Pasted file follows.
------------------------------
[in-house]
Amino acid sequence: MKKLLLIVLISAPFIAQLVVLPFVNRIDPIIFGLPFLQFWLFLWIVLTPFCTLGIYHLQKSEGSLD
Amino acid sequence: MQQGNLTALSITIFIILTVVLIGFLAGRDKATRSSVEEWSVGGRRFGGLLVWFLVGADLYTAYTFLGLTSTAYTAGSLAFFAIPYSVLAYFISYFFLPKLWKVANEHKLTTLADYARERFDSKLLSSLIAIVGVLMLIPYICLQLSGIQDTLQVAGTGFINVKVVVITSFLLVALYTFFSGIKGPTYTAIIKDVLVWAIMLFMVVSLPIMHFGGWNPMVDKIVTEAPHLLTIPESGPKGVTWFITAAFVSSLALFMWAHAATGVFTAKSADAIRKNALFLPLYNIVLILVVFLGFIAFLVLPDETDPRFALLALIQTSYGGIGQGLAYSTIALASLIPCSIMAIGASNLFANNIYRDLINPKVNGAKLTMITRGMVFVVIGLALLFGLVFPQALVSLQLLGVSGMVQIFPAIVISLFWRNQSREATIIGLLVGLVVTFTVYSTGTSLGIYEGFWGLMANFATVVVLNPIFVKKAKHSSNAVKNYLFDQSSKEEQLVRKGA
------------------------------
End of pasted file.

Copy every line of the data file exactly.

[in-house]
Amino acid sequence: MKKLLLIVLISAPFIAQLVVLPFVNRIDPIIFGLPFLQFWLFLWIVLTPFCTLGIYHLQKSEGSLD
Amino acid sequence: MQQGNLTALSITIFIILTVVLIGFLAGRDKATRSSVEEWSVGGRRFGGLLVWFLVGADLYTAYTFLGLTSTAYTAGSLAFFAIPYSVLAYFISYFFLPKLWKVANEHKLTTLADYARERFDSKLLSSLIAIVGVLMLIPYICLQLSGIQDTLQVAGTGFINVKVVVITSFLLVALYTFFSGIKGPTYTAIIKDVLVWAIMLFMVVSLPIMHFGGWNPMVDKIVTEAPHLLTIPESGPKGVTWFITAAFVSSLALFMWAHAATGVFTAKSADAIRKNALFLPLYNIVLILVVFLGFIAFLVLPDETDPRFALLALIQTSYGGIGQGLAYSTIALASLIPCSIMAIGASNLFANNIYRDLINPKVNGAKLTMITRGMVFVVIGLALLFGLVFPQALVSLQLLGVSGMVQIFPAIVISLFWRNQSREATIIGLLVGLVVTFTVYSTGTSLGIYEGFWGLMANFATVVVLNPIFVKKAKHSSNAVKNYLFDQSSKEEQLVRKGA